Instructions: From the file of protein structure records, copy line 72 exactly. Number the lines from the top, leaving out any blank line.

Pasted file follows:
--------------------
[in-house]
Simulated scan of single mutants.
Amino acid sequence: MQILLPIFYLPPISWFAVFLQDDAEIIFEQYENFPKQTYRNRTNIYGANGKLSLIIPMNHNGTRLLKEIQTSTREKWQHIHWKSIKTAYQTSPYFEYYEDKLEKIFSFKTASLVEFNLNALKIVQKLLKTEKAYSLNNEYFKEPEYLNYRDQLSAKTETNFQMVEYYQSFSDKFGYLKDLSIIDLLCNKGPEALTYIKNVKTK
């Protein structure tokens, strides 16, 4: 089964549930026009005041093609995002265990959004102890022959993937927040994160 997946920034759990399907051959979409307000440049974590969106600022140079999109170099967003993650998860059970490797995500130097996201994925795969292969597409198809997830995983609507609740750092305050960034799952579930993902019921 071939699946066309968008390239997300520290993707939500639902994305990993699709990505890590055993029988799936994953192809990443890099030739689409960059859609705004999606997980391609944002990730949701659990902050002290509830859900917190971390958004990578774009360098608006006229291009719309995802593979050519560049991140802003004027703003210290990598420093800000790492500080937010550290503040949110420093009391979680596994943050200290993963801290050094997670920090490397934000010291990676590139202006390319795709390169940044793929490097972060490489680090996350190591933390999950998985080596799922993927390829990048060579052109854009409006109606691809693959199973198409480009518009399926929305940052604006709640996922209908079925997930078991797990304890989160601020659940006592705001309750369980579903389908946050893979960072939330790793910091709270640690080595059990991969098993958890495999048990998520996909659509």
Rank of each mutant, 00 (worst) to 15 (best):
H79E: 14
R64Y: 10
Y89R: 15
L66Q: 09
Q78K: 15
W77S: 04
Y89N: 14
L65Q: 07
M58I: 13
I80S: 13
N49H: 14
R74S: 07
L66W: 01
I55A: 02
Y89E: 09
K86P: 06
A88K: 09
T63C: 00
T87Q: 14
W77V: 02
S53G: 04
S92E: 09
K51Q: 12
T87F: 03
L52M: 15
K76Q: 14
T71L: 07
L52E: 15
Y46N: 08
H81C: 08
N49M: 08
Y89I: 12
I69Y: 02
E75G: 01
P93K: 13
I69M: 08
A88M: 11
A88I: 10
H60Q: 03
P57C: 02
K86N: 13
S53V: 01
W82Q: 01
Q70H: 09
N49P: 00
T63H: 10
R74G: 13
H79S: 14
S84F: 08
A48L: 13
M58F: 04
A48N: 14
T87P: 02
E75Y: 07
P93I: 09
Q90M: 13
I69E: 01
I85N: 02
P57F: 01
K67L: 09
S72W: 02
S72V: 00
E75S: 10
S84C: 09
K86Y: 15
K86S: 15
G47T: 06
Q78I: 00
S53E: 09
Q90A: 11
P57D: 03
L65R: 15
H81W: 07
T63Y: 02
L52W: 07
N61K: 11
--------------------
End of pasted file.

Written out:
G47T: 06